Friday, October 18, 2019

Change Management and Maslows Hierarchy of Needs Case Study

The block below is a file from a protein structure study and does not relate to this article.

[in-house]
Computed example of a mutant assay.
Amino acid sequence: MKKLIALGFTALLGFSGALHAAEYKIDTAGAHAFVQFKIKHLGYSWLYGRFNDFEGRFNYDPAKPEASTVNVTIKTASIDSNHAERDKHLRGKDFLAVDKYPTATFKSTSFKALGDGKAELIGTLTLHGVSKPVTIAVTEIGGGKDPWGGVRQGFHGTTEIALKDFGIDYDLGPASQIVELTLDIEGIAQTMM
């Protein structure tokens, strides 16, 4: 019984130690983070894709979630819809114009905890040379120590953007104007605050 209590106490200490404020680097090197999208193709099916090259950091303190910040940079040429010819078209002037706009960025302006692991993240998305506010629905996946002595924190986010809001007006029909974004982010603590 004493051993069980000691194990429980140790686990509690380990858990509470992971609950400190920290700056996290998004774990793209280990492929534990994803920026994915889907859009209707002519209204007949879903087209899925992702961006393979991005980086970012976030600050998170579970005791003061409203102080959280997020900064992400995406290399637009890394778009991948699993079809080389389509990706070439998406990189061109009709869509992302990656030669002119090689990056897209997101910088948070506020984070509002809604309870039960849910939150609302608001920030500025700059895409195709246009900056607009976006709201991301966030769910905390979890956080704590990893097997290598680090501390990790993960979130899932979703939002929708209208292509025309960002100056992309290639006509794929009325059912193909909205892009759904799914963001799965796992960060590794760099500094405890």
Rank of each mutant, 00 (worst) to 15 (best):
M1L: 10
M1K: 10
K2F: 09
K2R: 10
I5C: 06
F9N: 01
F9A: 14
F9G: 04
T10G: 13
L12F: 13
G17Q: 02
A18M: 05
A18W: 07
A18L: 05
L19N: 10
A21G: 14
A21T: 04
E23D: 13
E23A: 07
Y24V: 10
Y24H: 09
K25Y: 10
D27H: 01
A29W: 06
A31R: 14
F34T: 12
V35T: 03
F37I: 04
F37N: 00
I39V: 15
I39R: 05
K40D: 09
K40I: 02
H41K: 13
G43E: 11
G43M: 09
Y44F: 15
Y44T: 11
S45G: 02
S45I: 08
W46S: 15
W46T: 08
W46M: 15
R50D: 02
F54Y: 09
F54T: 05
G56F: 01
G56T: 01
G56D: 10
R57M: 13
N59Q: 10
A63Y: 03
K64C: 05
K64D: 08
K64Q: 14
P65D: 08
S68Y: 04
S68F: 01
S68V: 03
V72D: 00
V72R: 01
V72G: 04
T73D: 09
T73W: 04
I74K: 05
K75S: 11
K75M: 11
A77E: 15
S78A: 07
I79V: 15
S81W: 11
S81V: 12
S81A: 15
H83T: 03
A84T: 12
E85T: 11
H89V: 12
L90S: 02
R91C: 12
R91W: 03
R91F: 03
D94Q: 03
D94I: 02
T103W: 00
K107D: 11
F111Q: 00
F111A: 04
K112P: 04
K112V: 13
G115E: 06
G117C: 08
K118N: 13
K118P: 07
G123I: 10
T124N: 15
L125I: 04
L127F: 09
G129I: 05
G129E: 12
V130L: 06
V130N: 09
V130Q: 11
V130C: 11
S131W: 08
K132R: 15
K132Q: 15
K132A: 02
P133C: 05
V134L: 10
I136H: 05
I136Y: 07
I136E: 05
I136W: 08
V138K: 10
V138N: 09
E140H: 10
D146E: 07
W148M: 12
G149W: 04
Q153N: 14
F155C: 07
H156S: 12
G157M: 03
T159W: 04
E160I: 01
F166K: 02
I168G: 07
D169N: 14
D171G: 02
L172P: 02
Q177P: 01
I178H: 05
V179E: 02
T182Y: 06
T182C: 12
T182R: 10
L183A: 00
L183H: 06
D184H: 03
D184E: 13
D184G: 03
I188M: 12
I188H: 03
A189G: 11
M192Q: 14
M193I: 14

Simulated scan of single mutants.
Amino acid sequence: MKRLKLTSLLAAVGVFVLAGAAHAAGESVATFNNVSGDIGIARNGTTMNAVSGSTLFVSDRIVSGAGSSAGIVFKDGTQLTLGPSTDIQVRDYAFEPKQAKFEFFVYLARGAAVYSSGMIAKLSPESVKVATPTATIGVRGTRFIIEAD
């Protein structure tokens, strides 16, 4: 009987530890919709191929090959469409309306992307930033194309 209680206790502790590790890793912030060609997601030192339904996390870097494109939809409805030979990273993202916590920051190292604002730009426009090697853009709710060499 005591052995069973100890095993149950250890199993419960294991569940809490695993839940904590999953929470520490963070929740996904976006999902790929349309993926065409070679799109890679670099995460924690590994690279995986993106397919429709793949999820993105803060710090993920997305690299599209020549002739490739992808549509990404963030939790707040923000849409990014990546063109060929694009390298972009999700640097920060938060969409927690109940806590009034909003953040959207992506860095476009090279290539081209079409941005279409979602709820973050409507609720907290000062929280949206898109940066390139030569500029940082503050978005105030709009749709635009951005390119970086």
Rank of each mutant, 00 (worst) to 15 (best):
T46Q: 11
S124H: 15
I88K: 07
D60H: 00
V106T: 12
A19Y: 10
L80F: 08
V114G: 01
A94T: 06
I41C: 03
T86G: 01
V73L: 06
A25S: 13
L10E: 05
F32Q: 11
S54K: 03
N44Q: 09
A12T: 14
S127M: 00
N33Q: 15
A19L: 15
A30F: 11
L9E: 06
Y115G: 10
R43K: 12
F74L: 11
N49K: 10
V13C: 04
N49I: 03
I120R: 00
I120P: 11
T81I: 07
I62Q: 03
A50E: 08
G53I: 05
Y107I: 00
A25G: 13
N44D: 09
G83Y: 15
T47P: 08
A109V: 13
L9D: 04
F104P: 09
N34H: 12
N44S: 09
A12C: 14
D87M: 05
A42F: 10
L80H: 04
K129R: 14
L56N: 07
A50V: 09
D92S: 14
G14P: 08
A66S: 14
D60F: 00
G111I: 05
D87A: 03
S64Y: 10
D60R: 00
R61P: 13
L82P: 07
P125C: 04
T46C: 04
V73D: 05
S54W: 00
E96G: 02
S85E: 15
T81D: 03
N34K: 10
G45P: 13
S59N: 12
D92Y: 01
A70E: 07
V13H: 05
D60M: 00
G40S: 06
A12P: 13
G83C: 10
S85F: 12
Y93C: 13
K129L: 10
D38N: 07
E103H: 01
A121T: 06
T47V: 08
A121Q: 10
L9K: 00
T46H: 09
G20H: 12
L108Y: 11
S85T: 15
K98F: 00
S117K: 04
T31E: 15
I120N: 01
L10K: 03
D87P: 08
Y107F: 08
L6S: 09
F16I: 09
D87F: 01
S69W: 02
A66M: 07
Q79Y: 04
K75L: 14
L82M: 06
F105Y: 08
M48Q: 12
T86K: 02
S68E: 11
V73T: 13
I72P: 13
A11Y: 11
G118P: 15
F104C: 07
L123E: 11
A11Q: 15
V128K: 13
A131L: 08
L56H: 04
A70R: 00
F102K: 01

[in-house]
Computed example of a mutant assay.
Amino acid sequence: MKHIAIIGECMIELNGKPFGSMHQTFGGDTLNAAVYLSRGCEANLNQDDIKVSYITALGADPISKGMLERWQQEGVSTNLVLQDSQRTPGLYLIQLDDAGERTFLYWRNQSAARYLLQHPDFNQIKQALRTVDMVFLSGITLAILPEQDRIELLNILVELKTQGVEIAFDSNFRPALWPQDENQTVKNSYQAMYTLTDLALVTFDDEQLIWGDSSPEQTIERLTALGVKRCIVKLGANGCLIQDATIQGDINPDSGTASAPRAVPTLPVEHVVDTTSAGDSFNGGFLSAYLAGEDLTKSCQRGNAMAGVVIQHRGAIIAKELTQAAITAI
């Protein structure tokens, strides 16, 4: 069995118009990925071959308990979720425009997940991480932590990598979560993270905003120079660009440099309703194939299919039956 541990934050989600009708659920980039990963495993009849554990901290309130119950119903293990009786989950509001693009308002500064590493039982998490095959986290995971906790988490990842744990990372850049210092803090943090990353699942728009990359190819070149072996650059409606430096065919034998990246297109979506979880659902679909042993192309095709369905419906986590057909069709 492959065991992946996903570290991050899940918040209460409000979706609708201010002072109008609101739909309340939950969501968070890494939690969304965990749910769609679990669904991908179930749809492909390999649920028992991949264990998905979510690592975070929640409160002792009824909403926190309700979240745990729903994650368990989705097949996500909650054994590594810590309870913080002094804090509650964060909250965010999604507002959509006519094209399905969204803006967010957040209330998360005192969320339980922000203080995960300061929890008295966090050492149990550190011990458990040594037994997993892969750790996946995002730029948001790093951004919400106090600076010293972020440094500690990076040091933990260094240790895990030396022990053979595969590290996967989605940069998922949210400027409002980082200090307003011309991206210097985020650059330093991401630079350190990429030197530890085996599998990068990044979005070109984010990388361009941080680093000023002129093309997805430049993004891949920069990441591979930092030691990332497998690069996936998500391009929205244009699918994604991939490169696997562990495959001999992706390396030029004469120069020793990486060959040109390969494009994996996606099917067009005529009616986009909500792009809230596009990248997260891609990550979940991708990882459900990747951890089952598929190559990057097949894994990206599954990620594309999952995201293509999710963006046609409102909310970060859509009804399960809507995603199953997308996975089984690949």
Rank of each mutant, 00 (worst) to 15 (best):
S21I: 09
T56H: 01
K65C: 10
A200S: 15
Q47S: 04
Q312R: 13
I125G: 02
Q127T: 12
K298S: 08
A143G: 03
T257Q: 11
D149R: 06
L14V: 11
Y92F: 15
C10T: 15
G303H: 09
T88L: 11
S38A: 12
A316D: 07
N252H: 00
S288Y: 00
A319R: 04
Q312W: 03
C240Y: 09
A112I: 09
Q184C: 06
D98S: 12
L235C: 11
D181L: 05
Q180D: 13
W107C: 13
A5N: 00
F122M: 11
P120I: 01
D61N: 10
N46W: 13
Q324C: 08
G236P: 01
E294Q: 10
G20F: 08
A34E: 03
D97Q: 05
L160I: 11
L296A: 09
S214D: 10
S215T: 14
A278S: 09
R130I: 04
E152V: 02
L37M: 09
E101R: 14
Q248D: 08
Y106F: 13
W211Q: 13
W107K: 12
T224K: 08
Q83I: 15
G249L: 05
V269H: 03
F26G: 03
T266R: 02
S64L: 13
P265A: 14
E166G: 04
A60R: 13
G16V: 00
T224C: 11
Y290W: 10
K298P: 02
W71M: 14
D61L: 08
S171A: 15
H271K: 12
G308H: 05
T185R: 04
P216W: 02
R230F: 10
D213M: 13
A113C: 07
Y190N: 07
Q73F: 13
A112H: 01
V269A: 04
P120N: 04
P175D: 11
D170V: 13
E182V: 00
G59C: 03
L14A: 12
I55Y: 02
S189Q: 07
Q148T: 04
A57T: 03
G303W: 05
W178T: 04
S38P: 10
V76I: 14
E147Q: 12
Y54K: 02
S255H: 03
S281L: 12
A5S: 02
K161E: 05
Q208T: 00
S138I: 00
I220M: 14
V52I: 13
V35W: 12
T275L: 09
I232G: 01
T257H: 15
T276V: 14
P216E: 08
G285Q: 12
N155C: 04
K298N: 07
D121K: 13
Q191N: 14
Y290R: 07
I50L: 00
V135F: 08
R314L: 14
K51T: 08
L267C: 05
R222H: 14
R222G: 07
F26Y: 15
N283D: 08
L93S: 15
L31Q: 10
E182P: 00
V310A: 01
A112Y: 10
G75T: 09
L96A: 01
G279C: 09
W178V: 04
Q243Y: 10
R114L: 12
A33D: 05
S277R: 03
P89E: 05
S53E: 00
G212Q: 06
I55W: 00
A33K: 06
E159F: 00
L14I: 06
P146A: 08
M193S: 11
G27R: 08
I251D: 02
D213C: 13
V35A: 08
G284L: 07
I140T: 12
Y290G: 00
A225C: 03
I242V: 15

Change Management and Maslows Hierarchy of Needs - Case Study Example As we see upon examination, something as small and as large as language or time expectations can lead to tremendous difficulties in motivation, and ultimately market demand and revenues. A fascinating insight into the world of work and human resource management, the GE Medical CGR case serves as a foundation for further inquiry into change management and equity incentive strategies. In consideration of organizational leadership and human resource management practices, the essay also infers the importance of a rather old, yet 'universal' paradigm from Psychology, Maslow's 'Hierarchy of Needs;' premise to fulfillment of the state of human nature as a means to consensus building and the inculcation of 'desire' in work. At the time that GE entered into the French market with its take-over acquisition of Companie Generale Radiology (CGR), an existing high level of specialization, low change professional environment was resilient to U.S. business protocol. The business practices at the Parisian based CGR reflected France's Scurit Sociale system. Like other medical suppliers, most of CGR's customer basis was drawn from a clientele state relationship that had held a low competition as an expectation of a 'civil service model.' Indeed from everyday aspects of employee motivation and performance on the job to standards of regulatory adherence, and attendant rules of conduct in response to those public partnerships, CGR was run on a model of a low participatory, low change management model that was experienced by most employees as stasis. No change meant that little challenge to normative modes of low productivity and national expectations of leave of absence, whether it be maternity, vacation, or merely a 'mental health break' all contributed to what GE found in a confrontation with U.S. models of high productivity, and low absence employee relations. CGR employees were nothing short of shocked by GE's protocols which reinforced high change, aggressive capitalist market practice. CGR employees also complained about communicative practices, arguing that the English introduction to GE's new management oversight meant that it was not they, who were being addressed. CGR employees were met characteristic literalism (i.e., plain talk 'means' what is said, not inferred) by North American managers, who were equally shocked at what they thought to be unmotivated and unproductive long-term workers who had been working under the former system at the Paris based firm. In short, globalization of the corporation really required localization of GE in the preliminary stage, in order for the corporation to assess its human resources accurately and adequately, and to foster good faith ground in order to effectively translate the company's corporate culture and standardized expectations in a fertile context that would be receptive towards company centered ideas such as capital growth.  

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